Don’t overlook the universal activity of just eating together and jabbering with the people at your table for a while. Sometimes this is plenty of social interaction, and more fun than playing games.

I think it’s important to provide baby sitting and transportation for those who have problems in either area. Often it makes for a nice opportunity to swap services. Lonely widows or older members who seldom drive at night might love to come along and take turns with the babies, and younger couples might enjoy an opportunity to offer a ride to someone who might otherwise stay at home and miss the fun.

The missionaries should always be invited. They can benefit from the free food, and there will often be an opportunity to fellowship members of part-member families. Those who don’t attend church will sometimes come along to a party, just to be a supportive spouse or friend and enjoy an evening out. The Elders or Sisters will appreciate this opportunity. I hope our loyal readers will write in with favorite ward or branch get-togethers that were fun and successful. Maybe we can help out our newly-called sister.

Alison says:

This question is particularly timely, especially with the new option that fifth week mutual activities can be extended to include the entire family and can be planned with help from the activities committee.

Kathy wisely mentioned potluck. Let me second that motion. Our former ward in Boca Raton, Florida, has a potluck dinner called “Linger Longer.” It was held once per month immediately following the Sunday block of meetings and encouraged everyone to hang out at church to fellowship. (Apparently someone at ward council quipped, “Hey, Alison is always there anyway, maybe we should encourage others to stay later so she won’t be alone.”)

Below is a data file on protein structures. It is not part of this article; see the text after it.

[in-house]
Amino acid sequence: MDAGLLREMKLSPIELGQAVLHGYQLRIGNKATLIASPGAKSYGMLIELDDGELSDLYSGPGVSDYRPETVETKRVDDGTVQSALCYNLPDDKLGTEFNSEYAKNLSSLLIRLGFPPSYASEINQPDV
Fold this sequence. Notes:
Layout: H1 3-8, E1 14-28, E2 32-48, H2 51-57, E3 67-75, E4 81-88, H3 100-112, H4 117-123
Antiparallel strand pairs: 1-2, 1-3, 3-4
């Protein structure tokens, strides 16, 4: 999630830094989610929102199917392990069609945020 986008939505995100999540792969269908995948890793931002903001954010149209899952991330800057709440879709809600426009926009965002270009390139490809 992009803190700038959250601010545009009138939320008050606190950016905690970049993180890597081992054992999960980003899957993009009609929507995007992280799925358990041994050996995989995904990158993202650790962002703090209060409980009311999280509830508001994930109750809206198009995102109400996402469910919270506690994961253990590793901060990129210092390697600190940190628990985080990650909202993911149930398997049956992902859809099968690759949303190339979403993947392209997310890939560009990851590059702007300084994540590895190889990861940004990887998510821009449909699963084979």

This event was uproariously popular and had the added benefit of increasing attendance on the last Sunday of every month. OK, I’m not sure if free food is the best motivation to attend church, but it was a good way for members to get to know each other better. A couple of caveats: (1) you probably can’t do this in most areas where building-sharing is the norm and (2) you need to stress that “potluck” actually means everyone needs to bring something to share, not just to eat or you may end up with lots of mouths and not much to fill them with. More than once this happened in our ward and we cleverly had a few loaves of bread and peanut butter and jelly on hand to slap together if need be.

In my opinion, the best activities are those that included the entire family. Sometimes “adults only” activities are really fun, but think carefully before excluding part of the ward during a “ward activity.” Our old ward planned an “adults only” party for New Year’s Eve 1999-2000. There was no way on earth I would leave my kids with a babysitter at home on such a historic day. Apparently I wasn’t the only one, as so many people wanted to share that evening with their families that the activities committee downgraded the menu in order to include everyone. It is still a night our children talk about!

Here are a few activities that I have enjoyed, along with any tips I can think of to help make them successful: